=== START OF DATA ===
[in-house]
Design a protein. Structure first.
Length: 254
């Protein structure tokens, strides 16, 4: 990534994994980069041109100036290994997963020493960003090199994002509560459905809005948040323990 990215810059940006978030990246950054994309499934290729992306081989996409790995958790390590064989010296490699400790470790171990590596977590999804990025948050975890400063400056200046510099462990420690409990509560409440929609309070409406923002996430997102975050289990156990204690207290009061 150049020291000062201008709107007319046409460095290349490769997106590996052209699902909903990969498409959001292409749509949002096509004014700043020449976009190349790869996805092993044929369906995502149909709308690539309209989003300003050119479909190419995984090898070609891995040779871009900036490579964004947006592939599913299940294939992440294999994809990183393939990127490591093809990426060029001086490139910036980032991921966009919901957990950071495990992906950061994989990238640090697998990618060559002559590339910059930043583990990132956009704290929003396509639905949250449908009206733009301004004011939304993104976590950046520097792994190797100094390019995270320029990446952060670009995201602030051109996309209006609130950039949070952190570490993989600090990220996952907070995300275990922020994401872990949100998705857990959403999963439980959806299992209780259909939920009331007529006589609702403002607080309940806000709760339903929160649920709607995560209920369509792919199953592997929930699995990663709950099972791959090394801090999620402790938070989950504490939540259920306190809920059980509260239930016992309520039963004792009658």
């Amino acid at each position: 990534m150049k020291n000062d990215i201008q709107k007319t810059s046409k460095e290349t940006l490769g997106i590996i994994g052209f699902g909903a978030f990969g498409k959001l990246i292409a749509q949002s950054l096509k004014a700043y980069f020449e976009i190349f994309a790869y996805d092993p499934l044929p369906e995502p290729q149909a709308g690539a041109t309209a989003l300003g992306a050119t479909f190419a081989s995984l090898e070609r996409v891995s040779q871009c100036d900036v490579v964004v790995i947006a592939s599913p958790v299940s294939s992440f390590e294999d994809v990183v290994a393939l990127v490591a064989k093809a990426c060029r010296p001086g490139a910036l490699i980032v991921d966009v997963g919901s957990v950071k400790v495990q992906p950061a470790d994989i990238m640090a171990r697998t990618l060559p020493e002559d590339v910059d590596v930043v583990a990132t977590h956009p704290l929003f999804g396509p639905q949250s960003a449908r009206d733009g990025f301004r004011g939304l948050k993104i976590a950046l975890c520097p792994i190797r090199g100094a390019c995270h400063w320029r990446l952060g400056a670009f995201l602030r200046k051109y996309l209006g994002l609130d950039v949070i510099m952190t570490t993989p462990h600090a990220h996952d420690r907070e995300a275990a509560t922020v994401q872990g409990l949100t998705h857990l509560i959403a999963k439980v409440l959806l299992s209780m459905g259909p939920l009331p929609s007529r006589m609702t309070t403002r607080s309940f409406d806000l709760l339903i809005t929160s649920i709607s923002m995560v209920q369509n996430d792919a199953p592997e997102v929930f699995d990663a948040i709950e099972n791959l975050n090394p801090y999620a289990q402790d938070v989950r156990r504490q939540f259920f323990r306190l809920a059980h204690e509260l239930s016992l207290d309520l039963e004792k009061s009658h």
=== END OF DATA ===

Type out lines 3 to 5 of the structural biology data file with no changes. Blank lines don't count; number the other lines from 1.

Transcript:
Length: 254
């Protein structure tokens, strides 16, 4: 990534994994980069041109100036290994997963020493960003090199994002509560459905809005948040323990 990215810059940006978030990246950054994309499934290729992306081989996409790995958790390590064989010296490699400790470790171990590596977590999804990025948050975890400063400056200046510099462990420690409990509560409440929609309070409406923002996430997102975050289990156990204690207290009061 150049020291000062201008709107007319046409460095290349490769997106590996052209699902909903990969498409959001292409749509949002096509004014700043020449976009190349790869996805092993044929369906995502149909709308690539309209989003300003050119479909190419995984090898070609891995040779871009900036490579964004947006592939599913299940294939992440294999994809990183393939990127490591093809990426060029001086490139910036980032991921966009919901957990950071495990992906950061994989990238640090697998990618060559002559590339910059930043583990990132956009704290929003396509639905949250449908009206733009301004004011939304993104976590950046520097792994190797100094390019995270320029990446952060670009995201602030051109996309209006609130950039949070952190570490993989600090990220996952907070995300275990922020994401872990949100998705857990959403999963439980959806299992209780259909939920009331007529006589609702403002607080309940806000709760339903929160649920709607995560209920369509792919199953592997929930699995990663709950099972791959090394801090999620402790938070989950504490939540259920306190809920059980509260239930016992309520039963004792009658």
């Amino acid at each position: 990534m150049k020291n000062d990215i201008q709107k007319t810059s046409k460095e290349t940006l490769g997106i590996i994994g052209f699902g909903a978030f990969g498409k959001l990246i292409a749509q949002s950054l096509k004014a700043y980069f020449e976009i190349f994309a790869y996805d092993p499934l044929p369906e995502p290729q149909a709308g690539a041109t309209a989003l300003g992306a050119t479909f190419a081989s995984l090898e070609r996409v891995s040779q871009c100036d900036v490579v964004v790995i947006a592939s599913p958790v299940s294939s992440f390590e294999d994809v990183v290994a393939l990127v490591a064989k093809a990426c060029r010296p001086g490139a910036l490699i980032v991921d966009v997963g919901s957990v950071k400790v495990q992906p950061a470790d994989i990238m640090a171990r697998t990618l060559p020493e002559d590339v910059d590596v930043v583990a990132t977590h956009p704290l929003f999804g396509p639905q949250s960003a449908r009206d733009g990025f301004r004011g939304l948050k993104i976590a950046l975890c520097p792994i190797r090199g100094a390019c995270h400063w320029r990446l952060g400056a670009f995201l602030r200046k051109y996309l209006g994002l609130d950039v949070i510099m952190t570490t993989p462990h600090a990220h996952d420690r907070e995300a275990a509560t922020v994401q872990g409990l949100t998705h857990l509560i959403a999963k439980v409440l959806l299992s209780m459905g259909p939920l009331p929609s007529r006589m609702t309070t403002r607080s309940f409406d806000l709760l339903i809005t929160s649920i709607s923002m995560v209920q369509n996430d792919a199953p592997e997102v929930f699995d990663a948040i709950e099972n791959l975050n090394p801090y999620a289990q402790d938070v989950r156990r504490q939540f259920f323990r306190l809920a059980h204690e509260l239930s016992l207290d309520l039963e004792k009061s009658h």